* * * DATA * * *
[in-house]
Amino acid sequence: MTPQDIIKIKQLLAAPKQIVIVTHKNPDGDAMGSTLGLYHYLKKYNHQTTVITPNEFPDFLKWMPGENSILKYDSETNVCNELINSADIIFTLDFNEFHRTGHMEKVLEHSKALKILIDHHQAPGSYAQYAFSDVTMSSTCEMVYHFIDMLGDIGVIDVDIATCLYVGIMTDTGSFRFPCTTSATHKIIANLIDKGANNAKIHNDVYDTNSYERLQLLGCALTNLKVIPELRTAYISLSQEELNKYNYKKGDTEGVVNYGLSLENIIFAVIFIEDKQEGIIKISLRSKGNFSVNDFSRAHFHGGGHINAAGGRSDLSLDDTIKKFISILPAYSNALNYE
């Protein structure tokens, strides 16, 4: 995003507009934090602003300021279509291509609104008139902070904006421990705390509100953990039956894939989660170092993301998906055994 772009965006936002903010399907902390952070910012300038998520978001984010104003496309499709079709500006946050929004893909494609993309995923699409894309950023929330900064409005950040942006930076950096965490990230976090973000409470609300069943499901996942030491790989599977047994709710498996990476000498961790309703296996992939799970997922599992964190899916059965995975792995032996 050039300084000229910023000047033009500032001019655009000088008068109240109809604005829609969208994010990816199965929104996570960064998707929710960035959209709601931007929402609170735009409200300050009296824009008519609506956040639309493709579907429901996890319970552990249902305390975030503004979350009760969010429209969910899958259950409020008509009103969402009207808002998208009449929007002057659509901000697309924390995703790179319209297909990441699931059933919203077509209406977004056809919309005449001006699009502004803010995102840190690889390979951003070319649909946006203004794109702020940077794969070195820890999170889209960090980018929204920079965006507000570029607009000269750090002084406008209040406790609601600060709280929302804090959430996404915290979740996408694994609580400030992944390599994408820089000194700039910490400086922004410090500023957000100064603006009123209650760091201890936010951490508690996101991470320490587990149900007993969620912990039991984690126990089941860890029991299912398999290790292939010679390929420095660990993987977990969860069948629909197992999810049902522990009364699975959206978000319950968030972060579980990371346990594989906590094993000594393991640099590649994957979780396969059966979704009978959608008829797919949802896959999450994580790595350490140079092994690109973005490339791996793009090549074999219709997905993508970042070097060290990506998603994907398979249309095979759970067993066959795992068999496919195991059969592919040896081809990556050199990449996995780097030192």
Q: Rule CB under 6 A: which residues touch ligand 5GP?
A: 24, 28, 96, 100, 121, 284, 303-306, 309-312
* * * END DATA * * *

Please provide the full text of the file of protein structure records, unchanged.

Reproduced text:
[in-house]
Amino acid sequence: MTPQDIIKIKQLLAAPKQIVIVTHKNPDGDAMGSTLGLYHYLKKYNHQTTVITPNEFPDFLKWMPGENSILKYDSETNVCNELINSADIIFTLDFNEFHRTGHMEKVLEHSKALKILIDHHQAPGSYAQYAFSDVTMSSTCEMVYHFIDMLGDIGVIDVDIATCLYVGIMTDTGSFRFPCTTSATHKIIANLIDKGANNAKIHNDVYDTNSYERLQLLGCALTNLKVIPELRTAYISLSQEELNKYNYKKGDTEGVVNYGLSLENIIFAVIFIEDKQEGIIKISLRSKGNFSVNDFSRAHFHGGGHINAAGGRSDLSLDDTIKKFISILPAYSNALNYE
């Protein structure tokens, strides 16, 4: 995003507009934090602003300021279509291509609104008139902070904006421990705390509100953990039956894939989660170092993301998906055994 772009965006936002903010399907902390952070910012300038998520978001984010104003496309499709079709500006946050929004893909494609993309995923699409894309950023929330900064409005950040942006930076950096965490990230976090973000409470609300069943499901996942030491790989599977047994709710498996990476000498961790309703296996992939799970997922599992964190899916059965995975792995032996 050039300084000229910023000047033009500032001019655009000088008068109240109809604005829609969208994010990816199965929104996570960064998707929710960035959209709601931007929402609170735009409200300050009296824009008519609506956040639309493709579907429901996890319970552990249902305390975030503004979350009760969010429209969910899958259950409020008509009103969402009207808002998208009449929007002057659509901000697309924390995703790179319209297909990441699931059933919203077509209406977004056809919309005449001006699009502004803010995102840190690889390979951003070319649909946006203004794109702020940077794969070195820890999170889209960090980018929204920079965006507000570029607009000269750090002084406008209040406790609601600060709280929302804090959430996404915290979740996408694994609580400030992944390599994408820089000194700039910490400086922004410090500023957000100064603006009123209650760091201890936010951490508690996101991470320490587990149900007993969620912990039991984690126990089941860890029991299912398999290790292939010679390929420095660990993987977990969860069948629909197992999810049902522990009364699975959206978000319950968030972060579980990371346990594989906590094993000594393991640099590649994957979780396969059966979704009978959608008829797919949802896959999450994580790595350490140079092994690109973005490339791996793009090549074999219709997905993508970042070097060290990506998603994907398979249309095979759970067993066959795992068999496919195991059969592919040896081809990556050199990449996995780097030192």
Q: Rule CB under 6 A: which residues touch ligand 5GP?
A: 24, 28, 96, 100, 121, 284, 303-306, 309-312